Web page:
Your Credit Score: What it means

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Before deciding on what terms they will offer you a loan (which they base on their risk), lenders need to find out two things about you: your ability to repay the loan, and your willingness to repay the loan. To assess whether you can repay, they look at your income and debt ratio. To assess how willing you are to repay, they use your credit score.

The most widely used credit scores are called FICO scores, which were developed by Fair Isaac & Company, Inc. Your FICO score ranges from 350 (very high risk) to 850 (low risk). You can learn more about FICO here.

Your credit score comes from your history of repayment. They don't consider income, savings, amount of down payment, or factors like sex race, nationality or marital status. Fair Isaac invented FICO specifically to exclude demographic factors like these. Credit scoring was developed to assess willingness to repay the loan while specifically excluding any other personal factors.

Deliquencies, payment behavior, debt level, length of credit history, types of credit and the number of credit inquiries are all considered in credit scoring. Your score is calculated with both positive and negative information in your credit report. Late payments will lower your credit score, but establishing or reestablishing a good track record of making payments on time will raise your score.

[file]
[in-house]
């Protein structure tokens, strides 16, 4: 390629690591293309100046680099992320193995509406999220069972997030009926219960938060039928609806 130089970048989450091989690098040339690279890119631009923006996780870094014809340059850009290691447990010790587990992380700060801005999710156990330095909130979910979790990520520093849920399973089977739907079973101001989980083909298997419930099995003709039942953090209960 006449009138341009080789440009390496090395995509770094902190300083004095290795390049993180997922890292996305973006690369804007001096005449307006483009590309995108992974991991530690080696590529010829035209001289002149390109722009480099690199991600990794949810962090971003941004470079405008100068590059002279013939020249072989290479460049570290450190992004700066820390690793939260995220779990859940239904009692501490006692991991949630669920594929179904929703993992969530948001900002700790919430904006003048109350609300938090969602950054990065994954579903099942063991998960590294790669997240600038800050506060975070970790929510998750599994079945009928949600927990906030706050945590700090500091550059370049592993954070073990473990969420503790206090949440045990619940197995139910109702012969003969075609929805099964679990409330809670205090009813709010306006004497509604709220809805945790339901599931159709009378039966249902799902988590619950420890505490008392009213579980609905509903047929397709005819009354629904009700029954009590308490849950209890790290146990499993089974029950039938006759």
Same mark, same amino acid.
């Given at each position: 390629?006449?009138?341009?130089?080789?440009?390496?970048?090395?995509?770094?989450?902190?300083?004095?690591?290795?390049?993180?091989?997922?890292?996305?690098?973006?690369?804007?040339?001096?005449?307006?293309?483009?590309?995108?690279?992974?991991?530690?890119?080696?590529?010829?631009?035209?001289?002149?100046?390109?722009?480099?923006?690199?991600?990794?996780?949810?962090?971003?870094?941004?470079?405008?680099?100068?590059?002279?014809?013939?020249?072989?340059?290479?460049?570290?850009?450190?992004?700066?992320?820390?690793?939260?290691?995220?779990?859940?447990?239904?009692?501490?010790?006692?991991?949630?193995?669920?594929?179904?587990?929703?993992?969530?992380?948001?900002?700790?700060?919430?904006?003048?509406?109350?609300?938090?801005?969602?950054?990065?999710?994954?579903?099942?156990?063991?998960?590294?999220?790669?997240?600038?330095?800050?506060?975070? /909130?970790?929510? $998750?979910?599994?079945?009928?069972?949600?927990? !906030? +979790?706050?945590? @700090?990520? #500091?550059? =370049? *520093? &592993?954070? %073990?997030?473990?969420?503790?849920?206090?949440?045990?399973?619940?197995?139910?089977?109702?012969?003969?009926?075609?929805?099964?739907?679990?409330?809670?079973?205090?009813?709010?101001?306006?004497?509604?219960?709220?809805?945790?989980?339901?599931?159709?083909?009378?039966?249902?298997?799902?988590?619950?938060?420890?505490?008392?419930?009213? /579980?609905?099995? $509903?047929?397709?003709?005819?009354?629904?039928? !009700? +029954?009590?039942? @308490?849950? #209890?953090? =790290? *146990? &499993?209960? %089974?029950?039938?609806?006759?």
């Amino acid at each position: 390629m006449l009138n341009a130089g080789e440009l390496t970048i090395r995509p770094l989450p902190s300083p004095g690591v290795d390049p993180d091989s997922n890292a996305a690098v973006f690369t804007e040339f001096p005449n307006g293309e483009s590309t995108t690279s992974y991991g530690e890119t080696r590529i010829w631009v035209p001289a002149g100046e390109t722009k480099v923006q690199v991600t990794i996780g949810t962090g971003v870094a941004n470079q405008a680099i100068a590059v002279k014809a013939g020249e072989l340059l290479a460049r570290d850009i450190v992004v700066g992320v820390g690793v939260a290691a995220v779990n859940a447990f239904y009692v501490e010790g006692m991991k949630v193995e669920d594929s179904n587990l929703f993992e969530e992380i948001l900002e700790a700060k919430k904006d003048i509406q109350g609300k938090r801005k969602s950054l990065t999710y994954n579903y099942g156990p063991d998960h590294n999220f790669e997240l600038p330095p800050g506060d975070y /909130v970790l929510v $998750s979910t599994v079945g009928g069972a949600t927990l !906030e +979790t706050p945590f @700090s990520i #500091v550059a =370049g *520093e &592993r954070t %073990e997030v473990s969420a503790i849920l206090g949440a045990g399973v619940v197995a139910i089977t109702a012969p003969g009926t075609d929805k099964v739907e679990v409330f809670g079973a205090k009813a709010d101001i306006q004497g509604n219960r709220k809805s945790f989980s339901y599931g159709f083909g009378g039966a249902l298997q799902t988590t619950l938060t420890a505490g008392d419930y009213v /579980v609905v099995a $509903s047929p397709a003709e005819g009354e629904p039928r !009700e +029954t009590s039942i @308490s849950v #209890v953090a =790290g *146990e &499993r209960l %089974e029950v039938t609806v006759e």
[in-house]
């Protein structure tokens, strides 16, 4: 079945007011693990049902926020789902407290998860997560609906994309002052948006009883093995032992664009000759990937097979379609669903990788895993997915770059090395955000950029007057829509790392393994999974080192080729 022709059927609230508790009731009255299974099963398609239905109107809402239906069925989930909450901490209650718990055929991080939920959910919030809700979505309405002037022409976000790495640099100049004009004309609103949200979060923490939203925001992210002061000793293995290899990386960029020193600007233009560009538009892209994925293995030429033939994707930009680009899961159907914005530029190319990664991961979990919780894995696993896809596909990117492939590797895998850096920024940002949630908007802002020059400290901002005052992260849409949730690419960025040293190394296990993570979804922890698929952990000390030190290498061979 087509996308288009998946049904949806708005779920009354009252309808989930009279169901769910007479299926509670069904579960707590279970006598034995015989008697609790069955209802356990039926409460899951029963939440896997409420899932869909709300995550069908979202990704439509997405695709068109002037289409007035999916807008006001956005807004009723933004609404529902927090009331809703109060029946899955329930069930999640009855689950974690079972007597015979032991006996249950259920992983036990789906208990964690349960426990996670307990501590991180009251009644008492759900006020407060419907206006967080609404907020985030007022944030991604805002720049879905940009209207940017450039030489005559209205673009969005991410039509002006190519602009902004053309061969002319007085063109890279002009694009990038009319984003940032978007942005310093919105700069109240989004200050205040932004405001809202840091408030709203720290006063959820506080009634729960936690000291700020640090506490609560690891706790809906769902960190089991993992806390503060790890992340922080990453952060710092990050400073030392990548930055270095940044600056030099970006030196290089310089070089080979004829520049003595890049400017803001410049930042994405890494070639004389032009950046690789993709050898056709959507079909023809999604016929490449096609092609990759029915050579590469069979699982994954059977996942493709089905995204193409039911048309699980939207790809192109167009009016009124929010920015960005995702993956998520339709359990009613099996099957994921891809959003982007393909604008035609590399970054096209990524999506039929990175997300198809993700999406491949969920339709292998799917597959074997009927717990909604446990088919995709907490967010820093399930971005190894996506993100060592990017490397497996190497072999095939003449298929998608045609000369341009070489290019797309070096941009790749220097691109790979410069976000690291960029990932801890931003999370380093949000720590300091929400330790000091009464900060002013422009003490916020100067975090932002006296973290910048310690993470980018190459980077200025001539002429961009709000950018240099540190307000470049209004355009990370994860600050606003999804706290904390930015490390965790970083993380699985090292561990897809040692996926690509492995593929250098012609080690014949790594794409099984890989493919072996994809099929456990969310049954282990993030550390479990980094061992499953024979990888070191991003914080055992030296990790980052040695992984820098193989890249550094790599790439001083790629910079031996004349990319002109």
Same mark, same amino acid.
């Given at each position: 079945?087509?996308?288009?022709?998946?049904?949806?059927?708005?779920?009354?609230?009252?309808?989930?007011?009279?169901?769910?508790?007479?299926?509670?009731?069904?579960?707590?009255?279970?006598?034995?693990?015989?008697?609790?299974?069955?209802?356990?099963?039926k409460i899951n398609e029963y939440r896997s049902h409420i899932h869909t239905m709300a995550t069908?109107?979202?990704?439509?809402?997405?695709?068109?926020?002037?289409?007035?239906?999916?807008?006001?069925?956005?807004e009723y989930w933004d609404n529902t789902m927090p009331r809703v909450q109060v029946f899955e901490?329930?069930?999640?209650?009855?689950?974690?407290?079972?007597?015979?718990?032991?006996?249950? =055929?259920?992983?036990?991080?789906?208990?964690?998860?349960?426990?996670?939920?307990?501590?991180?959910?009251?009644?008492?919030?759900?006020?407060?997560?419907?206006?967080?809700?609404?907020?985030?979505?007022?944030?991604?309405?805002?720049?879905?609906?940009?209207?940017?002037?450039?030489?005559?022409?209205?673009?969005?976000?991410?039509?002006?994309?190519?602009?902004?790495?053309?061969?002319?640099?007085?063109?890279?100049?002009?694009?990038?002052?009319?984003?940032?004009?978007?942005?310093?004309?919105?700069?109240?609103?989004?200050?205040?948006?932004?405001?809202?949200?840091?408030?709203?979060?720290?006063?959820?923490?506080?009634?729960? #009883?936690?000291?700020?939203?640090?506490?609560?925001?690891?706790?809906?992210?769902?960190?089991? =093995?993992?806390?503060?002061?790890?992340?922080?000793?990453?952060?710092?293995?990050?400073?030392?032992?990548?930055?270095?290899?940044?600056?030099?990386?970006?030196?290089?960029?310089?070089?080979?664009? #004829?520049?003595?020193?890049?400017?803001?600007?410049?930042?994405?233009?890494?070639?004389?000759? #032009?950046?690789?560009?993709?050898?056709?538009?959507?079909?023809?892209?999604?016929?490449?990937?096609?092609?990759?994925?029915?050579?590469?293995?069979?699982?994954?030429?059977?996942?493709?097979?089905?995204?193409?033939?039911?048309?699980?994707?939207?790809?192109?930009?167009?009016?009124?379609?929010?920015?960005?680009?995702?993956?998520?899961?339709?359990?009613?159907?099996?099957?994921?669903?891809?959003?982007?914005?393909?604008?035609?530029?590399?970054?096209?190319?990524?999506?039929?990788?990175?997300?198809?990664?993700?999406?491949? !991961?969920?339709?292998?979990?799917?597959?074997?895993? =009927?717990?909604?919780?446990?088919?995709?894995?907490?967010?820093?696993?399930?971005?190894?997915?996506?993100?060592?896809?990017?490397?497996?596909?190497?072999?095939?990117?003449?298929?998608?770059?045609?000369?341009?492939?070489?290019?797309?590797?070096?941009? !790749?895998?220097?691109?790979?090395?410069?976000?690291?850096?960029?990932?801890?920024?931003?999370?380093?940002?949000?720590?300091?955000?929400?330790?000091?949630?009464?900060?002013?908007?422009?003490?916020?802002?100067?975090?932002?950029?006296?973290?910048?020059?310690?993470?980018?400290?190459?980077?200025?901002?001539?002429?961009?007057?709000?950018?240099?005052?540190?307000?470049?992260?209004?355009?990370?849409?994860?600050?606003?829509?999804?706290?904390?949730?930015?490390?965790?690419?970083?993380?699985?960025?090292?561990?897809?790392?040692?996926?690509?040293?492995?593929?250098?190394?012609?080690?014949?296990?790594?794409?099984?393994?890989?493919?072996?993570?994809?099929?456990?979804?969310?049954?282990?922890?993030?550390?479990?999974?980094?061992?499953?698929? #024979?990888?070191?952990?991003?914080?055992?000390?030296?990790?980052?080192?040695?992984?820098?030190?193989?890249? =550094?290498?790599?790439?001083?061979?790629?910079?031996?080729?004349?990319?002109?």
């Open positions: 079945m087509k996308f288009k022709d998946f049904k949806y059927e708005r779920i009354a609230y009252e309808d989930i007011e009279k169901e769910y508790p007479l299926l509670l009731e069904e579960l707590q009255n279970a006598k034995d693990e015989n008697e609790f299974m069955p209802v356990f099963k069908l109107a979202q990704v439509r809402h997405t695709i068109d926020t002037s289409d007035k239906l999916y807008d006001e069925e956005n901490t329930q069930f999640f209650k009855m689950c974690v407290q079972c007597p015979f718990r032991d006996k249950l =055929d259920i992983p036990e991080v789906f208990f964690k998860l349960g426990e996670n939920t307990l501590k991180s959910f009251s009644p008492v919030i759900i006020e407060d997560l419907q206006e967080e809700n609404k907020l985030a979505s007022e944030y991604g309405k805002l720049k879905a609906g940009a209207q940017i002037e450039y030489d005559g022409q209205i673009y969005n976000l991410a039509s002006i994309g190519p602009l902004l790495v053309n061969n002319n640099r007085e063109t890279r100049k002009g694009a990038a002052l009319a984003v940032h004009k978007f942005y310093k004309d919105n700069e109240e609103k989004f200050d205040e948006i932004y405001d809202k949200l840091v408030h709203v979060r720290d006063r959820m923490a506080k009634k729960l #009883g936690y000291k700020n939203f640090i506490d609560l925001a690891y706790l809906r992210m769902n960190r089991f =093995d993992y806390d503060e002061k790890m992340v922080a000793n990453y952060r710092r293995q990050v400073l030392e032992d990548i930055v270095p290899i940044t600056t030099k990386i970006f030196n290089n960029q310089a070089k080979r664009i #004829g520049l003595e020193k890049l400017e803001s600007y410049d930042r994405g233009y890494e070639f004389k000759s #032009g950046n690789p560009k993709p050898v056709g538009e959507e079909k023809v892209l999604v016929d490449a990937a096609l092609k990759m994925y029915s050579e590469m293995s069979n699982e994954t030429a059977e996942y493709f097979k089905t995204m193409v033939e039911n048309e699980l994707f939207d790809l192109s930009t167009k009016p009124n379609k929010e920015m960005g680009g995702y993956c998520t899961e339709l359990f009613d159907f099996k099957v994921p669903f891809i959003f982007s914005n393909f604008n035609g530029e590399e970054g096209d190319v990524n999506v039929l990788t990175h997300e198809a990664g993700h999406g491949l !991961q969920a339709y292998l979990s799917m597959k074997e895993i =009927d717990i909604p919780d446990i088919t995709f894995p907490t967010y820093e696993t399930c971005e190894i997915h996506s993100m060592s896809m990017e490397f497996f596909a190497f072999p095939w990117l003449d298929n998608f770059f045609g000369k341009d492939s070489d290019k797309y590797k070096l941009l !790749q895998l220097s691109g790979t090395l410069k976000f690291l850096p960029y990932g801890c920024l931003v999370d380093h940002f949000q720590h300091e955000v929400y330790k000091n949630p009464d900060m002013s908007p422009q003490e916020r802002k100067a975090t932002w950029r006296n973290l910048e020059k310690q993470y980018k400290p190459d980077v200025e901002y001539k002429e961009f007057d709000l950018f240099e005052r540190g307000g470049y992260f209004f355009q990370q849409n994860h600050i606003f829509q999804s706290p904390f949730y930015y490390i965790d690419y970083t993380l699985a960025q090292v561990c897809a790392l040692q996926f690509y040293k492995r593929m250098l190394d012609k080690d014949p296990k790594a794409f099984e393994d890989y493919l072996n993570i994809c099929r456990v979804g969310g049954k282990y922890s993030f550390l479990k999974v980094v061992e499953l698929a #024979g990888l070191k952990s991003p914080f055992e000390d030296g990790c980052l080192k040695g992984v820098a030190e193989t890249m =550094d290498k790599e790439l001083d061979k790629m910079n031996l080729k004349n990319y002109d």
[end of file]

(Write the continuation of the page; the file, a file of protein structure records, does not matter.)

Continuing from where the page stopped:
To get a credit score, borrowers must have an active credit account with at least six months of payment history. This payment history ensures that there is enough information in your report to calculate an accurate score. Some people don't have a long enough credit history to get a credit score. They should build up a credit history before they apply for a loan.

Twenty First Century Mortgage Services, Inc. can answer your questions about credit reporting. Give us a call at 727-392-4227.

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